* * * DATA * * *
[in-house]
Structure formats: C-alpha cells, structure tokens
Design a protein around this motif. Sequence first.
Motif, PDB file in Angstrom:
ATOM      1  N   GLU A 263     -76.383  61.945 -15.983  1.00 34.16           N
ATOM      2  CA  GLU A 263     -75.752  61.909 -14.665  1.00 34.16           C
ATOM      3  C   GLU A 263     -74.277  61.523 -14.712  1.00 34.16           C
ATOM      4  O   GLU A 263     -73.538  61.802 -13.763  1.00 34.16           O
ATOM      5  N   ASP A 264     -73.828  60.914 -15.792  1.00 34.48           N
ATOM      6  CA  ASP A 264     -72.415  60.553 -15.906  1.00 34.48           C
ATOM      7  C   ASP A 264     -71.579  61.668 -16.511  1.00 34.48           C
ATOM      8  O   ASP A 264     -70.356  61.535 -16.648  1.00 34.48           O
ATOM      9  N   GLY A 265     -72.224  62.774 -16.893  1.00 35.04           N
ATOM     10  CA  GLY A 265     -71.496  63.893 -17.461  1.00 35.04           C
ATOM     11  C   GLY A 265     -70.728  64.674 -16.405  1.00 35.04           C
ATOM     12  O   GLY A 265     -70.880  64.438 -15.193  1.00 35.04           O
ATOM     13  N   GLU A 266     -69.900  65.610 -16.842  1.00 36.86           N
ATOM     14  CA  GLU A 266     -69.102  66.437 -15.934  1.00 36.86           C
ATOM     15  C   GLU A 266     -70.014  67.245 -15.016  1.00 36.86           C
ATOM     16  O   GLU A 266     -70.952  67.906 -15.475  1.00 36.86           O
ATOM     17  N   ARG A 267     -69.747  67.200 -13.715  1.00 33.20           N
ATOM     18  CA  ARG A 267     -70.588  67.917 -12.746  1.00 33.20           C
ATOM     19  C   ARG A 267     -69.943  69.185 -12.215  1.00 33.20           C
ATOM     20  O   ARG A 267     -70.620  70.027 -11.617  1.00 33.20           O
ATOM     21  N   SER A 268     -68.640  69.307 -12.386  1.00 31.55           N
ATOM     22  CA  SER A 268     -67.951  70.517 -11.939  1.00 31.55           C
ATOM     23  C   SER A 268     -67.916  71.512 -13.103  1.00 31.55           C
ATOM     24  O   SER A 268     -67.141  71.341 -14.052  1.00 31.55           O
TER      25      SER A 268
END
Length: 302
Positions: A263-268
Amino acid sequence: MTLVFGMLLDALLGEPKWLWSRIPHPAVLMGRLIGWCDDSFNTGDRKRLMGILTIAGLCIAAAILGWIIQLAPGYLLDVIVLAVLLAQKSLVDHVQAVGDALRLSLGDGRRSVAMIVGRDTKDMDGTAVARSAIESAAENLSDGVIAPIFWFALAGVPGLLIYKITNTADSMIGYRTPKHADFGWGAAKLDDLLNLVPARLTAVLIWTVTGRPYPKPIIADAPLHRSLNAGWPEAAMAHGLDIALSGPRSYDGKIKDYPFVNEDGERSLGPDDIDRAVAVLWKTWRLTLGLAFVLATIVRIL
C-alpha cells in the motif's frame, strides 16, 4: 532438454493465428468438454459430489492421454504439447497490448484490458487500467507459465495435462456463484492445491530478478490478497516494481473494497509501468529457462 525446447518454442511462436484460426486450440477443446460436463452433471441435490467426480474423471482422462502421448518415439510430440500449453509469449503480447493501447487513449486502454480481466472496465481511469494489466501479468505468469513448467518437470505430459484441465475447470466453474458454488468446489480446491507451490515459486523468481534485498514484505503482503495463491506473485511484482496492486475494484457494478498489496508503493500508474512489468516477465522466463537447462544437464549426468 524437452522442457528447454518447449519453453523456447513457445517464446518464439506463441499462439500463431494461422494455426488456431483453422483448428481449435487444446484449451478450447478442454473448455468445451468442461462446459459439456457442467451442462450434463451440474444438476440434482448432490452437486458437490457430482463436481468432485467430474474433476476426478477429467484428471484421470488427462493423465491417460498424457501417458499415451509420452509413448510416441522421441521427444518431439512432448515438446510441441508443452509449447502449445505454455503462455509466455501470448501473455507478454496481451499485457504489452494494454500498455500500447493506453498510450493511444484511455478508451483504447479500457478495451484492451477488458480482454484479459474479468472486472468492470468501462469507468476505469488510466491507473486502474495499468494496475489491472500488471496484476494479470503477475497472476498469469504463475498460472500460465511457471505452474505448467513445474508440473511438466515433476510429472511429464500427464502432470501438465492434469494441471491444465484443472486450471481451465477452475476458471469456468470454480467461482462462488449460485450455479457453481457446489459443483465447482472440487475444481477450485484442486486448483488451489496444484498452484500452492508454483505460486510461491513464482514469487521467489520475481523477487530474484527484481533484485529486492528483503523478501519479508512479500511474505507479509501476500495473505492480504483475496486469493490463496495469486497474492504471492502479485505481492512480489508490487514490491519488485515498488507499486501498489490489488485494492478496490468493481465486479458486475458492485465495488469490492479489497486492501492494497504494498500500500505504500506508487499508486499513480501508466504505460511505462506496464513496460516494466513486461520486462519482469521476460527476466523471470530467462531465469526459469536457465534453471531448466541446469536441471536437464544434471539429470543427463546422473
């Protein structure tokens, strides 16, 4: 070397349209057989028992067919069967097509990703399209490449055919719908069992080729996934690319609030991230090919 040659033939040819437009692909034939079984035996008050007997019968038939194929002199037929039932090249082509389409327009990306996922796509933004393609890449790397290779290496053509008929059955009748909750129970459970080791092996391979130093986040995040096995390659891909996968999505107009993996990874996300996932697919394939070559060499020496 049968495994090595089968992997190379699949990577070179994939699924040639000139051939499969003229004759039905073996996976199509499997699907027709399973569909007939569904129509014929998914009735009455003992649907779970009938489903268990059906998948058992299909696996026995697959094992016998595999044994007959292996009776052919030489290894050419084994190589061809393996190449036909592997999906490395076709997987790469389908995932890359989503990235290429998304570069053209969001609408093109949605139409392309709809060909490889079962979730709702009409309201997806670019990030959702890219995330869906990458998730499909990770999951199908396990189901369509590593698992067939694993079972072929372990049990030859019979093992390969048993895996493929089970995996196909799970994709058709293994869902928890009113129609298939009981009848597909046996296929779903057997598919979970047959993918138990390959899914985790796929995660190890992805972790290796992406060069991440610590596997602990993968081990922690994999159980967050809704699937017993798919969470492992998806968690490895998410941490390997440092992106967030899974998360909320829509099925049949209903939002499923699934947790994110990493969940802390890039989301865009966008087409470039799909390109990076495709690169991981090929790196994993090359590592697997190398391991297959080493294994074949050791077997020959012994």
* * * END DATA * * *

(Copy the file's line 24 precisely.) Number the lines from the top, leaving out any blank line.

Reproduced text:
ATOM     20  O   ARG A 267     -70.620  70.027 -11.617  1.00 33.20           O